Stewards To Hold Valhol Hearing
LITTLE ROCK, Ark. (AP) _ Jockey Billy Patin is expected to testify Wednesday when the state racing stewards conduct a hearing into allegations that the rider carried an illegal electrical device when he rode Arkansas Derby winner Valhol.
``I would be very surprised if he didn’t testify,″ said Byron Freeland, attorney for the state Racing Commission. ``This is a civil matter. If you don’t defend yourself, that could be used against you.″
Valhol scored the first victory of his career when he won the Arkansas Derby by 4 1/2 lengths on April 10.
Five days later, Oaklawn Park President Charles J. Cella said the track had evidence that Patin ``may have been in possession of an electrical device during the race.″ He said officials first learned about the possibility shortly after the race became official.
The state Racing Commission ordered the track to suspend distribution of the purse and arranged for an investigation. Eventually, Valhol’s owner James D. Jackson went to court and a judge released the $300,000 first-place money. That check enabled Valhol to secure a spot in Saturday’s Kentucky Derb in which the gelding finished 15th in the 19-horse field.
Freeland said Jackson and trainer Dallas Keen had been sent notices about Wednesday’s hearing. At the least, he said, they will be represented by attorneys.
Jim Simpson, an attorney for Oaklawn, will present the evidence against Patin. J. Minos Simon of Lafayette, La., represents Patin. Each side will be allowed to cross-examine any witnesses.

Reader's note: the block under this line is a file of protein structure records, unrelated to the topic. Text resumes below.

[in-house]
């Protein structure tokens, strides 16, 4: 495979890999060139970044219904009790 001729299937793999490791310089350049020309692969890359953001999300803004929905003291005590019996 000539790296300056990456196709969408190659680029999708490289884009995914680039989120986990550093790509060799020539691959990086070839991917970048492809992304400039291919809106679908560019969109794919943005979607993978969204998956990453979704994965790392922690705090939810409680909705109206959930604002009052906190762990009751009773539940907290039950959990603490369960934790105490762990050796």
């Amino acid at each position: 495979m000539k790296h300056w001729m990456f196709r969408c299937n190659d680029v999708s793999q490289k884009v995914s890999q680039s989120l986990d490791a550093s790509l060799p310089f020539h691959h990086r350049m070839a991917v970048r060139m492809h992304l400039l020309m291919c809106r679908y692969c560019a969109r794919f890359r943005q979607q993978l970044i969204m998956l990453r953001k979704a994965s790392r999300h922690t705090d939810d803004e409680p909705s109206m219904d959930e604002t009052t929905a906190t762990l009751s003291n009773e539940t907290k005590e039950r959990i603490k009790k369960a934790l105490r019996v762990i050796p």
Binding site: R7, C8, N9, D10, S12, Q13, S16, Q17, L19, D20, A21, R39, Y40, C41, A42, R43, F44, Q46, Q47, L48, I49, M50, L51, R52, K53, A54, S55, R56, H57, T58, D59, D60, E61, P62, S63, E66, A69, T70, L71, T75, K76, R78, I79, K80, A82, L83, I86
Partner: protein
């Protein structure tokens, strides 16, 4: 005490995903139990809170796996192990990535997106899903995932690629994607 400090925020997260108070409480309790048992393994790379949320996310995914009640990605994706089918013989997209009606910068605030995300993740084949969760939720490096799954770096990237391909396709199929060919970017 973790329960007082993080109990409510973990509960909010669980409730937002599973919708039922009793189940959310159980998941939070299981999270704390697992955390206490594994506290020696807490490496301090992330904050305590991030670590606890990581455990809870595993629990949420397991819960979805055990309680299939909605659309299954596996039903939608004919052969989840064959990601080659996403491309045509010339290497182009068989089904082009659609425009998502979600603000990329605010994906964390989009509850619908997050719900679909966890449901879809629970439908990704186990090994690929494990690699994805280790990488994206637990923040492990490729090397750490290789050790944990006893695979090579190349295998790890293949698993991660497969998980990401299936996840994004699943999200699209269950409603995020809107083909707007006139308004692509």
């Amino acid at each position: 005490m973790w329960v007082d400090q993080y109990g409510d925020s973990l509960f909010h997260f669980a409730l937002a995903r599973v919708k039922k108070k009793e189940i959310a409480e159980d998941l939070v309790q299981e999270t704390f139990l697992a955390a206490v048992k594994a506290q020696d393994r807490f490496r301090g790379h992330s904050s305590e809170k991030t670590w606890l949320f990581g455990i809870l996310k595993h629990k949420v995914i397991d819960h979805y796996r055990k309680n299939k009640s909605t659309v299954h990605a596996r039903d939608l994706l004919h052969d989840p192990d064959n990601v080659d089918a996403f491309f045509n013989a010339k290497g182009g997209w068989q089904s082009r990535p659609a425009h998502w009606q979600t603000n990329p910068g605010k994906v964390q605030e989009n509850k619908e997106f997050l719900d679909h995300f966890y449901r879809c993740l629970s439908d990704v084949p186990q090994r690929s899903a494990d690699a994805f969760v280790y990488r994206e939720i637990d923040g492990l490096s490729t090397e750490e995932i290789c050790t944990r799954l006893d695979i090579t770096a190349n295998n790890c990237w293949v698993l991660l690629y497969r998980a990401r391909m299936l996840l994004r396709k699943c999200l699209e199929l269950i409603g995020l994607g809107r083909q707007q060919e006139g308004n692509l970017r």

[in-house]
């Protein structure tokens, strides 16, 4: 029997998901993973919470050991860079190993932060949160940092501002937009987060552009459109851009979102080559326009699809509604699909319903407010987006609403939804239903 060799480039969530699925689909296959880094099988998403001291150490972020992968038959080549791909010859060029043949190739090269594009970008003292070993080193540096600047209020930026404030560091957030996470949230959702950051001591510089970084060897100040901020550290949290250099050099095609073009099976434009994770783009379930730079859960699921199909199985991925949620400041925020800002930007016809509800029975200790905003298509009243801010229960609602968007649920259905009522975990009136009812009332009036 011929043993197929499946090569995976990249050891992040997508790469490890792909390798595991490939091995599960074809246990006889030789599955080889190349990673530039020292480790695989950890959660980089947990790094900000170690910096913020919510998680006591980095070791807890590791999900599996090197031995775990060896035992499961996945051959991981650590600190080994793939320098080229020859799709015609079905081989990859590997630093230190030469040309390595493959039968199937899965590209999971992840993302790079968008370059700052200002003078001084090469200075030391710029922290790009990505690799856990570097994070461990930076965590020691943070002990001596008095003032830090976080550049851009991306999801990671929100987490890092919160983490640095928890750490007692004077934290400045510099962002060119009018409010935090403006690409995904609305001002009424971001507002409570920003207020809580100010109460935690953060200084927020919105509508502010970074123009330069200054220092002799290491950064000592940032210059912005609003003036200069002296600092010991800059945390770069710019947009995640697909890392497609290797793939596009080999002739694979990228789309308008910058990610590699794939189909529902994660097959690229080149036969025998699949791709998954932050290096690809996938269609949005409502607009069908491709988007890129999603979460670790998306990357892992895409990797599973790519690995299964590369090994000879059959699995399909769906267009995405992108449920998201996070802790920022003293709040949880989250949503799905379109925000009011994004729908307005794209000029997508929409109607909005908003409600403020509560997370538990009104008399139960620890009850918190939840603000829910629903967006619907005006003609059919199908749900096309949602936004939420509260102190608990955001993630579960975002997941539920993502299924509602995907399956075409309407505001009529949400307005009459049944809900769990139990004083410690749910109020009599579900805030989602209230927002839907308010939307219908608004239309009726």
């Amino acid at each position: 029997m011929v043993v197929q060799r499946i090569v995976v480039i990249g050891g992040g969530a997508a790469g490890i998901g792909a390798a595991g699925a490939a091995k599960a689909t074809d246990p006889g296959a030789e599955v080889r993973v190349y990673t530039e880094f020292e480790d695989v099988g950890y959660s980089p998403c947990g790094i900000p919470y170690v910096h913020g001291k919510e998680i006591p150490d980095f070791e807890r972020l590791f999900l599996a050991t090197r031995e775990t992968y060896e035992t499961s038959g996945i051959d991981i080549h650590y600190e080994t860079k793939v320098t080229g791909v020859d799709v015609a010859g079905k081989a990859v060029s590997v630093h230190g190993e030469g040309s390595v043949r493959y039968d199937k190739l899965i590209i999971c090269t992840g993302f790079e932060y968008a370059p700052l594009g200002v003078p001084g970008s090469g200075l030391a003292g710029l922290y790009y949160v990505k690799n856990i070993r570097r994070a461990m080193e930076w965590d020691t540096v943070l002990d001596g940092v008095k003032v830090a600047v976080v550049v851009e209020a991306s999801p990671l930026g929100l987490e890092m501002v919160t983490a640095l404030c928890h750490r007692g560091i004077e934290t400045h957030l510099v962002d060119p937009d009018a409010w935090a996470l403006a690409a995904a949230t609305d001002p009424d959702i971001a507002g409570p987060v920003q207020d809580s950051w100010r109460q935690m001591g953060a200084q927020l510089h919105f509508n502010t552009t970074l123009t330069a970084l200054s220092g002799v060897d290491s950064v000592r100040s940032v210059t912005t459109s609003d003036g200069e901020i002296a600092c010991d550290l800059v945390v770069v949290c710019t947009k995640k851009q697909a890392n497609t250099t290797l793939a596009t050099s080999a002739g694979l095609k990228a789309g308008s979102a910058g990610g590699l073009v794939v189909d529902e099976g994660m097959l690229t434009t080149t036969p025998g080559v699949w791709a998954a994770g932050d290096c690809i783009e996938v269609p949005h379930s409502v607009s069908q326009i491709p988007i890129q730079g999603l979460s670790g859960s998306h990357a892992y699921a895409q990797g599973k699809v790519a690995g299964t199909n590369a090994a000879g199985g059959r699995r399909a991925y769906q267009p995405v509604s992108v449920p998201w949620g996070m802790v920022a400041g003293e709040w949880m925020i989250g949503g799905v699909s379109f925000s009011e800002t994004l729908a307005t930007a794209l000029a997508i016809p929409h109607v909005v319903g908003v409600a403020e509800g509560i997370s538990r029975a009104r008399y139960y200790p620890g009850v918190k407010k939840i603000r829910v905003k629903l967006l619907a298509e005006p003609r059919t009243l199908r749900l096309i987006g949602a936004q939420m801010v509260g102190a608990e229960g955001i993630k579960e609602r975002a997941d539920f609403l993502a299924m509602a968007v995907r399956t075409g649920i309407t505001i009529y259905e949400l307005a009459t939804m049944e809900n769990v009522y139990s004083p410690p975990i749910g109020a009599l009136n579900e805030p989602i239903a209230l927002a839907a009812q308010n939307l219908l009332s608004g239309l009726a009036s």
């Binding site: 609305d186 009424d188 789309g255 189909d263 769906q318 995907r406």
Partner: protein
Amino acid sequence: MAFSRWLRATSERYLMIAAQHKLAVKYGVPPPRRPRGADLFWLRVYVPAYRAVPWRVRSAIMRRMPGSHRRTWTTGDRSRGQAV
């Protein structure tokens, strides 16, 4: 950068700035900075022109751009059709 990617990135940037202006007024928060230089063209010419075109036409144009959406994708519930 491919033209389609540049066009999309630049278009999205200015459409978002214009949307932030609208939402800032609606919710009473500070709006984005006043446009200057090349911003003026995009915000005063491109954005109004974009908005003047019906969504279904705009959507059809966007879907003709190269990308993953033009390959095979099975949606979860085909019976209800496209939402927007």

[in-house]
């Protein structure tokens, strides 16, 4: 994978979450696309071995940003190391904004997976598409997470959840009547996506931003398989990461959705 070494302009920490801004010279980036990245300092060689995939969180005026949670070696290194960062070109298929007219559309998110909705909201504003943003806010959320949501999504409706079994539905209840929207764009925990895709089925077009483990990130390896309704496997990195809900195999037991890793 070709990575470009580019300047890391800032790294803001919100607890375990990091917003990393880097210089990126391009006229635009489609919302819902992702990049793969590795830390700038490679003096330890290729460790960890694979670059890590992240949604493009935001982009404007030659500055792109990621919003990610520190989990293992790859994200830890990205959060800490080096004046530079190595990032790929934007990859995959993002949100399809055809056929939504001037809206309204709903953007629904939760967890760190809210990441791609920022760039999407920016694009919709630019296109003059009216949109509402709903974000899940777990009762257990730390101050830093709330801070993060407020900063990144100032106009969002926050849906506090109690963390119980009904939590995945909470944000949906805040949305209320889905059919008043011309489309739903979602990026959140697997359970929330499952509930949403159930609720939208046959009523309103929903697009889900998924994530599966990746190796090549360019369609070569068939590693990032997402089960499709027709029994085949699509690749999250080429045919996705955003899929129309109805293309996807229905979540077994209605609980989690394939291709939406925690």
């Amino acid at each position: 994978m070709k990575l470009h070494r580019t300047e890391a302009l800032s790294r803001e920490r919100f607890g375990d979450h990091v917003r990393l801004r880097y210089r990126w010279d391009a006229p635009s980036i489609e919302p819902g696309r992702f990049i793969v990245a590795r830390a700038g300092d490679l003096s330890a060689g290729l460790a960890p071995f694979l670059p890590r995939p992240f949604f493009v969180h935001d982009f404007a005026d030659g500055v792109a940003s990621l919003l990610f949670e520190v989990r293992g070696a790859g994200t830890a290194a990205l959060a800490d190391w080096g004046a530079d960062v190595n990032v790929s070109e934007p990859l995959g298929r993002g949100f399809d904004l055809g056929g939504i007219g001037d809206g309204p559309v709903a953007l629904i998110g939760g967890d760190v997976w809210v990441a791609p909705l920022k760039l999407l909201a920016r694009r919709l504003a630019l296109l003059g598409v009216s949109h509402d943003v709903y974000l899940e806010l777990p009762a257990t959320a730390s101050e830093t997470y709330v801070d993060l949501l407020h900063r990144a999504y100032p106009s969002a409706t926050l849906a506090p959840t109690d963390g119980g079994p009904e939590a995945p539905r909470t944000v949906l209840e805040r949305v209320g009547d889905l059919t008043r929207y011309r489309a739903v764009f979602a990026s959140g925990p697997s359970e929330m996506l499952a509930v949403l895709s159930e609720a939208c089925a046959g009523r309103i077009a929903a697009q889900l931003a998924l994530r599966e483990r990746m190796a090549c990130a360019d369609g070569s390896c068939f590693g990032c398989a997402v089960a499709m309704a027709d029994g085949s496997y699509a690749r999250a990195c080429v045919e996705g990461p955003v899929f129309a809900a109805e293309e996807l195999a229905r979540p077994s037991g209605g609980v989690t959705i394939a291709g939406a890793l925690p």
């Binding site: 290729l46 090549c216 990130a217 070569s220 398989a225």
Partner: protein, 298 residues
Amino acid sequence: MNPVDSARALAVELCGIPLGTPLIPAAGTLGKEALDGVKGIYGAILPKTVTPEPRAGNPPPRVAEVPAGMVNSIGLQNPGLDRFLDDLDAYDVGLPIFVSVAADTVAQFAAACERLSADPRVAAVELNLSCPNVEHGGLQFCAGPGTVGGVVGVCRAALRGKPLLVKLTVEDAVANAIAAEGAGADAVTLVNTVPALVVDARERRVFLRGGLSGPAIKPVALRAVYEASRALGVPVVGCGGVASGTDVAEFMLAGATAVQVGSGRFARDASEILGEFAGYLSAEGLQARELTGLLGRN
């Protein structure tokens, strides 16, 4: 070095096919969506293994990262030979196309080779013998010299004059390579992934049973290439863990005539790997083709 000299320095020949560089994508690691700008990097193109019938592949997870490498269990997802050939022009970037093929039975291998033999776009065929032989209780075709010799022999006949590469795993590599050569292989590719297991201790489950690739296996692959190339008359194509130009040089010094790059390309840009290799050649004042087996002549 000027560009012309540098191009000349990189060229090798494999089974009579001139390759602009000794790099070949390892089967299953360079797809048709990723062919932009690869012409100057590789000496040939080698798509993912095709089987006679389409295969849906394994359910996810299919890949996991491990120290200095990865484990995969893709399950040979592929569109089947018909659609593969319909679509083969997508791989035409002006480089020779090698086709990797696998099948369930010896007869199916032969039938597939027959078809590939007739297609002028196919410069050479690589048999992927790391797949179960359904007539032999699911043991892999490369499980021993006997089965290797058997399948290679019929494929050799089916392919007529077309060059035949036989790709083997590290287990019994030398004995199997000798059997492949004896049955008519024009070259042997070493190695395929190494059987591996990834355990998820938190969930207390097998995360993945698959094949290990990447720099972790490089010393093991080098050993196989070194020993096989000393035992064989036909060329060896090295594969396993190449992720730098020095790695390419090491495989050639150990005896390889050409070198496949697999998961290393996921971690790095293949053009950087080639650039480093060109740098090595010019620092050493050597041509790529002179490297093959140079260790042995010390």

``My perception is that Simon has lots of arguments,″ Freeland said.
Simon previously raised the question about whether racing officials who ban an electrical device could be interfering with a rider’s right to make a living.
Arkansas’ rules of racing saying, ``No electrical or mechanical device or other expedient designed to increase or decrease the speed of a horse, or that would tend to do so, other than the ordinary whip, shall be possessed by anyone or applied by anyone to a horse at any time on the grounds of a franchise holder during a matter whether in a race or otherwise.″
Simon said he had been told that an electrical device does not stimulate a horse as much as a whip.
``If that should prove out to be the case, there is no reasonable basis for a ban on such a device,″ he said.
Oaklawn’s evidence is almost certain to include a videotape that shows something falling from the area of Patin’s left hand and Valhol’s left shoulder shortly after the finish of the Arkansas Derby.
The race was the third of Valhol’s career. He paid $62.80 to win.